TMQ no longer on!

As is my usual Tuesday morning ritual, I logged onto for my break and went to Page 2. TMQ is one of my favorite columinsts, and though I disagree with much of his politics, and some of his football stuff I love to read him.

Much to my dismay, the column wasn’t up. Well, sometimes the column is up a little late, so maybe that’s all it is.

No, there’s a note on the screen that says,

And that’s it! Nothing else! Has anyone seen anything on this, or does anyone know where I can get my TMQ fix? I can’t even get to the archives on ESPN. I think they pulled them off the site!

I e-mailed but haven’t yet received a response from them.


He evidently made some anti-semitic remarks on his blog. See

It was, perhaps, an overreaction, but it was a stupid thing to say.

I just found a link to another site that says he was pulled (read fired) (about halfway down the page)

I wrote a sorta scathing review of Gregg Easterbrook’s Tuesday Morning Quarterback and wondered why the hell ESPN was adding such crap to its Page 2.

Now, RiShawn Biddle’s The Usual Suspect reports (via Instapundit – who links to ridiculous GE supporters so don’t go there) that Easterbrook has been canned…

The blog item was available about an hour ago. It’s not now. FWIW I (who liked his gridiron columns, appreciated his NASA critiques and think Kill Bill is a masterpiece) thought it was pretty damn dispiriting.

I read the blog item a few days ago actually. I think the enitre thing was poorly written and hard to understand. I disagreed strongly with it, but didn’t really get the anti-semite view that others saw. Perhaps I’m dense, but I thought he was saying something more along the lines of - “This man professes to be Jewish, but will back a violence filled movie. Isn’t that against his beliefs.”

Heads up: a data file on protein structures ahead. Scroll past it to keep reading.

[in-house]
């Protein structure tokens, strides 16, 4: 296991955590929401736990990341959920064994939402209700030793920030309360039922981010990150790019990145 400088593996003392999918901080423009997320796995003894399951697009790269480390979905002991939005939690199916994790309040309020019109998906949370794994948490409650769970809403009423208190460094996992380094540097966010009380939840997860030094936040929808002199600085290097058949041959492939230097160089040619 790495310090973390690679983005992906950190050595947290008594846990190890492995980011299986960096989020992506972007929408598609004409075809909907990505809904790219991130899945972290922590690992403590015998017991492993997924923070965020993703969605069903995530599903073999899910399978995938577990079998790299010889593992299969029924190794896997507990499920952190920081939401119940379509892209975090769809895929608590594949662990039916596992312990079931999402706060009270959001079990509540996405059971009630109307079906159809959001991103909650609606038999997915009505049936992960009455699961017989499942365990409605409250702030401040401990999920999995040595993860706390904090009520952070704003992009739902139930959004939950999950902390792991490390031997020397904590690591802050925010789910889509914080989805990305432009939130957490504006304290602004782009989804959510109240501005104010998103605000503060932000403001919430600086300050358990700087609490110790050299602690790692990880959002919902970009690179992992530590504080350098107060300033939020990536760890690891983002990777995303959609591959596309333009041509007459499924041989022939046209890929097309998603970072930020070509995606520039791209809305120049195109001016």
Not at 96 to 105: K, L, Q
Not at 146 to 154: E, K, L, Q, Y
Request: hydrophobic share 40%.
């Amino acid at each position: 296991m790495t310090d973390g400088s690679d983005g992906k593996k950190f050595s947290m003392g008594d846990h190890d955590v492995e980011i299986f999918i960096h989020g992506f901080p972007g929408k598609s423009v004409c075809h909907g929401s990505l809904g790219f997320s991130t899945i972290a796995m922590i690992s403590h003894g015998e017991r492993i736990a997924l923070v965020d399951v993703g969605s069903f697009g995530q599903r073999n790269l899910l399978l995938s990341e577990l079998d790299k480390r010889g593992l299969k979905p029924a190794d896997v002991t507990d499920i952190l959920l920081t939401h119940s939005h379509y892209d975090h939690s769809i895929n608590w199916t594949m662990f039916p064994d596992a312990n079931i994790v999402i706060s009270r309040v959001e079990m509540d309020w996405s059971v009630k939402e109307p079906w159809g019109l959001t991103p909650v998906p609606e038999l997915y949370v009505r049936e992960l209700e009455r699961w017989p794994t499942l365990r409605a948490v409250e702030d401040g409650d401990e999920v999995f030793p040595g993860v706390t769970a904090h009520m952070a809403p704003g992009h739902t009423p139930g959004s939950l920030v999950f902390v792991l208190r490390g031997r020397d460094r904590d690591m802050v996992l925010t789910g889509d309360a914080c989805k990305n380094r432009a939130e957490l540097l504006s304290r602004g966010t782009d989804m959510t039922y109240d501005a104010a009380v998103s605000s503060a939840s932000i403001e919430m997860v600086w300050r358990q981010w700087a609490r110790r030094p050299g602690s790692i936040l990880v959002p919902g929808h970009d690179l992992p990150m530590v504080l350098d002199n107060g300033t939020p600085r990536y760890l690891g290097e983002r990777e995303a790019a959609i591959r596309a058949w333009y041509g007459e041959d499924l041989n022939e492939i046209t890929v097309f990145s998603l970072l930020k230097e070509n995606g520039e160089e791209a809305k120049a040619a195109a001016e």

Again, I don’t really know - and if it was indeed a dig against Jewish people by saying they’ll do anything for money (the view others have taken), well, I’m disappointed and sad.

is it true that TMQ will still be available on

Here’s King Kaufman (from Salon)'s take on it:

No idea if you have to be premium or not.

Since the ESPN archive has been completely emptied, there is the Slate archive as well. Anything with Sports Nuts is TMQ.

It didn’t seem particularly anti-Semetic to me. Given our history, and particularly our history of the last several decades, I think we jews do indeed have a more significant obligation to combat violence and dehumanizing portrayals than others do – or at least, we can be expected to be more sensitve to such an obligation which is shared by all mankind. I don’t think Easterbrook is right that Eisner and Weinstein should not have released Kill Bill; I do think he is correct that they should have thought more seriously about it than it’s been reported they did – but that doesn’t mean that they didn’t actually think seriously about it, just that they didn’t call Variety to detail their hours of soul-searching.